Henry Austin, aged 28,  married in Sydney to someone else a few months later in September 1817.

Robin Sharkey on 7th April, 2019 wrote of Agnes Lock:

The alleged debt against Agnes must have been disproved because she was included on the list provided by the Judge Advocate’s office of the persons, all to sail on ‘Kangaroo’, who had been give a Certificate of clearance by the Judge Advocate.

Agnes had come to get this free passage to England because Governor Macquarie was sending ‘Kangaroo’ and her commander, Charles Jeffreys, back to London, being unsatisfied with both, and recorded in his diary that “I have ordered Lt. Jeffreys not to engage to take any Passengers Home but such as may have my permission, it being my intention, in pursuance of Orders received from the Secry. of State – to send Home in the Kangaroo as many Persons as she can conveniently accommodate who have lately become free by their Sentences of Transportation having expired.”

Agnes would have applied as an ex-convict woman, following an advertisement for applications appearing in Sydney Gazettes dated 1st and 8th February 1817.
Any applicant had to produce a written testimonial of her decent and orderly conduct signed by a clergyman and a magistrate. Agnes, to have been accepted, must have been known to such people, willing to support her in her application.

Robin Sharkey on 7th April, 2019 wrote of Hannah Jones:

In the general Muster of 1801, Hannah is recorded as living with George Humphries. George had come on ‘William & Eliza” in 1791. He had been tried at the Old Bailey, like Hannah, in 1787 in fact only in February, while Hannah was tried in April. It is likely they were in Newgate prison at the same time and knew each other, both being sentenced to transportation.

Hannah got a free passage back to England on “Kangaroo”.  The circumstances were these:
The government brig “Kangaroo” was being sent by Governor Macquarie back to England, he believing the brig inadequate for its purpose and that its commander, Captain, Charles Jeffreys, was incompetent and lazy. Macquarie wrote in his diary on 29 January 1817:
“I have ordered Lt. Jeffreys not to engage to take any Passengers Home but such as may have my permission, it being my intention, in pursuance of Orders received from the Secry. of State – to send Home in the Kangaroo as many Persons as she can conveniently accommodate who have lately become free by their Sentences of Transportation having expired.”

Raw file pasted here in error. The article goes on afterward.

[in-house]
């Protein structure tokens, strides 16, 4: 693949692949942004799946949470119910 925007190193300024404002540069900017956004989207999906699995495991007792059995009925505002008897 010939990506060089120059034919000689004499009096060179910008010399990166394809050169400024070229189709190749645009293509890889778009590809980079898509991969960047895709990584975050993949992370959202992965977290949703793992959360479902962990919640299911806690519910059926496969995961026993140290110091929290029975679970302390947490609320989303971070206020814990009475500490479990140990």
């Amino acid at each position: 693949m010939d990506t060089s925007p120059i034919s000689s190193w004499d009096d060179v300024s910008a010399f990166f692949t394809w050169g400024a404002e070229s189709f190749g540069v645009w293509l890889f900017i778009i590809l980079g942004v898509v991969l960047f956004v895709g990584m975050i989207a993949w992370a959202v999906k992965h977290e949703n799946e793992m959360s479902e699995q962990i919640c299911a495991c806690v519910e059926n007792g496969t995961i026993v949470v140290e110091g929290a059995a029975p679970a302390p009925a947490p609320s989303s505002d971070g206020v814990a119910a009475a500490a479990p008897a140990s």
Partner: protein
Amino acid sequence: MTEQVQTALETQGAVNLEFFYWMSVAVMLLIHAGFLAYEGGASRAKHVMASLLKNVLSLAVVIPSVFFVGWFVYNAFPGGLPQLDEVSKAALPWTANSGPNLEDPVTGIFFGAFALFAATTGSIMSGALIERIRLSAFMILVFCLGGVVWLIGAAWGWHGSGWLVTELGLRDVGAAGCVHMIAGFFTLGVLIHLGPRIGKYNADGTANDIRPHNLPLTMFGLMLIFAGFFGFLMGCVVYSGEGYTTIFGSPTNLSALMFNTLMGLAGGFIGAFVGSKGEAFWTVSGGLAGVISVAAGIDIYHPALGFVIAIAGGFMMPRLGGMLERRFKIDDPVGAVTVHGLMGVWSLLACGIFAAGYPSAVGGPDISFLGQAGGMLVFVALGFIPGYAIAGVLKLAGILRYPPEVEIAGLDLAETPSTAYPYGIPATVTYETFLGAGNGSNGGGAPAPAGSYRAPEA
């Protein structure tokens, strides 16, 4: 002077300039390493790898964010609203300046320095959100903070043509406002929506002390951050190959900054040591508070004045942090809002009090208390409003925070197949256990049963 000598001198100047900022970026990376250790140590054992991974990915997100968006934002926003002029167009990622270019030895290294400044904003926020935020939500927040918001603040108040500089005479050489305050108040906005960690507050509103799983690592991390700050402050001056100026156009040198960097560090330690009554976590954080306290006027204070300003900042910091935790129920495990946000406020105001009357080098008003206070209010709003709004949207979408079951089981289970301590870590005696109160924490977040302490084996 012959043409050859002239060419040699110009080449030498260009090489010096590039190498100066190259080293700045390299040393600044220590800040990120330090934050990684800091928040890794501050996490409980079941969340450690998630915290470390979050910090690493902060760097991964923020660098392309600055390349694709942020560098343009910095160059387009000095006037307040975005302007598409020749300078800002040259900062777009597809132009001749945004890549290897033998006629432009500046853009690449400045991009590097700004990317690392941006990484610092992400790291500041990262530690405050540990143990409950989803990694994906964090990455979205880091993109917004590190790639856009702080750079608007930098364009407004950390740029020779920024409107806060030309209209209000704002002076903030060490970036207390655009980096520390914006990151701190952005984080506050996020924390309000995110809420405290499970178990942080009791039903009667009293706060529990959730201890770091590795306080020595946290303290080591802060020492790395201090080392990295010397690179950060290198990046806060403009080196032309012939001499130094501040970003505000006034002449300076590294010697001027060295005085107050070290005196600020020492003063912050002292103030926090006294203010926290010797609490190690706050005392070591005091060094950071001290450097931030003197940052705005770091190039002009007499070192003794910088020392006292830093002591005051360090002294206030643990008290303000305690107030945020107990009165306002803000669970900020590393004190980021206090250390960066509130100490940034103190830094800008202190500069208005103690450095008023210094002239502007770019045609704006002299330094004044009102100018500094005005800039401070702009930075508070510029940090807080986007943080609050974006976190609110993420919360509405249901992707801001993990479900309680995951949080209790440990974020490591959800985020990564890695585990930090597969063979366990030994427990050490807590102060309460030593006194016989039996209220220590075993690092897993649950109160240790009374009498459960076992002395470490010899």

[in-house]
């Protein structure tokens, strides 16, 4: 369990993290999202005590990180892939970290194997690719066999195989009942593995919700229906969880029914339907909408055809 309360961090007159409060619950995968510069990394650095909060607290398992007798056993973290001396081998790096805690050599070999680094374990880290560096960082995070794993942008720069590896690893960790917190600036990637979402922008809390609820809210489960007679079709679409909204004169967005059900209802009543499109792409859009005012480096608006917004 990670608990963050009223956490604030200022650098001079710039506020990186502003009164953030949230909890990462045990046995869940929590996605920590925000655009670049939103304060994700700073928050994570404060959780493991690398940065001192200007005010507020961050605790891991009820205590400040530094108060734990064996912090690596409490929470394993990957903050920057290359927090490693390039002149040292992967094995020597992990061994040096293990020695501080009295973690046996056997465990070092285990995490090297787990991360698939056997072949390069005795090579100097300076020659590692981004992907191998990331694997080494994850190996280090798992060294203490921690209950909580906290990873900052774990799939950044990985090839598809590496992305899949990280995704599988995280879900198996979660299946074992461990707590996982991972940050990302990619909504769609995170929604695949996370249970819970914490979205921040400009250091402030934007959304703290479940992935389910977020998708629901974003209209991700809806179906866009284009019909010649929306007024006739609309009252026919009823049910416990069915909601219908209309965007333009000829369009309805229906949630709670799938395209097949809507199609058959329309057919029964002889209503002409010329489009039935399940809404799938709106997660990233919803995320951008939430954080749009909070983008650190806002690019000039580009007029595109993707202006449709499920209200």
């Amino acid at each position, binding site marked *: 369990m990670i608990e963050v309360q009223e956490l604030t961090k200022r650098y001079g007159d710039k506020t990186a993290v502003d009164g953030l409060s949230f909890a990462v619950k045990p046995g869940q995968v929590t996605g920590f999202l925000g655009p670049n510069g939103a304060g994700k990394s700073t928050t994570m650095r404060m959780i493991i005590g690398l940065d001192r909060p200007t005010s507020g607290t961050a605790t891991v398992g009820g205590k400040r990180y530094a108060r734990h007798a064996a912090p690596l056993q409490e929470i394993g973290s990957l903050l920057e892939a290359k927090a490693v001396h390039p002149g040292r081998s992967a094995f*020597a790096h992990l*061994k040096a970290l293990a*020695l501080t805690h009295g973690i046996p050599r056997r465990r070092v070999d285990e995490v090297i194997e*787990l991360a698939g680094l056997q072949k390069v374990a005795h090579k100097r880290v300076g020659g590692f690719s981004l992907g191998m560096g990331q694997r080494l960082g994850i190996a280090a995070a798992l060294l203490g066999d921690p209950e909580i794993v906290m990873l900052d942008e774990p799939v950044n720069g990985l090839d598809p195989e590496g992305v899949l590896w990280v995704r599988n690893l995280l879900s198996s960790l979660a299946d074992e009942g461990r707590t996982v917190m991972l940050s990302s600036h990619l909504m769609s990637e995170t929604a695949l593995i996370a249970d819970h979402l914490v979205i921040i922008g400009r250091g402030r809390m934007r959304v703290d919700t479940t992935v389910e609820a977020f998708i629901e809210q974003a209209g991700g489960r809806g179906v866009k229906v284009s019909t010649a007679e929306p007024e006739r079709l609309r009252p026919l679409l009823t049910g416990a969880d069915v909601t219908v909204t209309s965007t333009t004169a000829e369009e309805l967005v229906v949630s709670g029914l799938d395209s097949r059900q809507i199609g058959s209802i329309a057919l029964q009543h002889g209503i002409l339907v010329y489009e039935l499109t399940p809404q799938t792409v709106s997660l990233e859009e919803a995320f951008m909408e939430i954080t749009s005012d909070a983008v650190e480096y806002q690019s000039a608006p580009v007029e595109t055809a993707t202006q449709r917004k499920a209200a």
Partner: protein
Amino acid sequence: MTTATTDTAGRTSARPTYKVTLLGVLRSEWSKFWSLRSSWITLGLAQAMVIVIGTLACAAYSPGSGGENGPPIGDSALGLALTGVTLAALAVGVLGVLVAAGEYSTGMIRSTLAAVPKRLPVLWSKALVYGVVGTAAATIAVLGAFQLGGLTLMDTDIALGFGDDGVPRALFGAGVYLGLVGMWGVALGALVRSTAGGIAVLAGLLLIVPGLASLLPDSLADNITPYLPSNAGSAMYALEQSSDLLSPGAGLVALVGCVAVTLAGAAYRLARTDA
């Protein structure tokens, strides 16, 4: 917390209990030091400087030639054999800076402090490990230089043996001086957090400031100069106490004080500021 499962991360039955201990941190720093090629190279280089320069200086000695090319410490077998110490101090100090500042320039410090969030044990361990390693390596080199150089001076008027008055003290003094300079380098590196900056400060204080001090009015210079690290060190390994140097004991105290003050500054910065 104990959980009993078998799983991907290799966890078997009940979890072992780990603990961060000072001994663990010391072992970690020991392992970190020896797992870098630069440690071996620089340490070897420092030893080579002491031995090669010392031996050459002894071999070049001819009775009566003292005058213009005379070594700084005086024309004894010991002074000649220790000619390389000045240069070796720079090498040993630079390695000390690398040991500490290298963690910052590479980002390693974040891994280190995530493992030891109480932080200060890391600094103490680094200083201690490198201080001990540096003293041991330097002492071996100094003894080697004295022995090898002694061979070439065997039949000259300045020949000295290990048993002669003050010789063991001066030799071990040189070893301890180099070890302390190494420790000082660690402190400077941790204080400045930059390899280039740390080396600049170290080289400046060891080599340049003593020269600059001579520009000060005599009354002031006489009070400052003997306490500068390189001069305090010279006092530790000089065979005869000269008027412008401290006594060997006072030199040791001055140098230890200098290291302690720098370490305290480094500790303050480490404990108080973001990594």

In the Sydney Gazette of 1st and 8th February 1817, the Governor’s secretary advertised that the ‘Kangaroo’ was being sent back to England with Despatches, and “that Passages will be provided for fifteen Women of the above Description [i.e. former convicts who have obtained their freedom by Servitude]; but none need apply who shall not produce written Testimonials of their decent and orderly Conduct in this Country, subscribed by the Clergyman and Magistrate of the District wherein they reside ...” Applications were to be received by the 15th February.

Hannah must have therefore seized this opportunity. It was a brave move since it had been 30 years since she was convicted in London, and she must have been aged about 52 / 53 years. However, her acceptance as one of the lucky women also indicates that she was of reputable behaviour and was known to her local clergyman.

On 29 March 1817, she advertised (Sydney Gazette) her intention to leave the colony and asked, in the usual way, that any claims be presented against her.

On 5th April, the Sydney Gazette recorded:
“The persons to whom a passage to the mother country has been humanely granted by Government, embarked yesterday morning on board His Majesty’s brig Kangaroo; as did also this forenoon a small party of the 46th Regiment, who had obtained leave to return to Europe.”

When ‘Kangaroo” sailed on 9th April 1817, Hannah was on board, one of nine other ex-convict women, and 8 ex-convict men, for London.

Robin Sharkey on 7th April, 2019 wrote of Hannah Jones:

Hannah Pleasant Jones was tried und er this exact name at the Old Bailey.
https://www.oldbaileyonline.org/browse.jsp?div=t17870418-19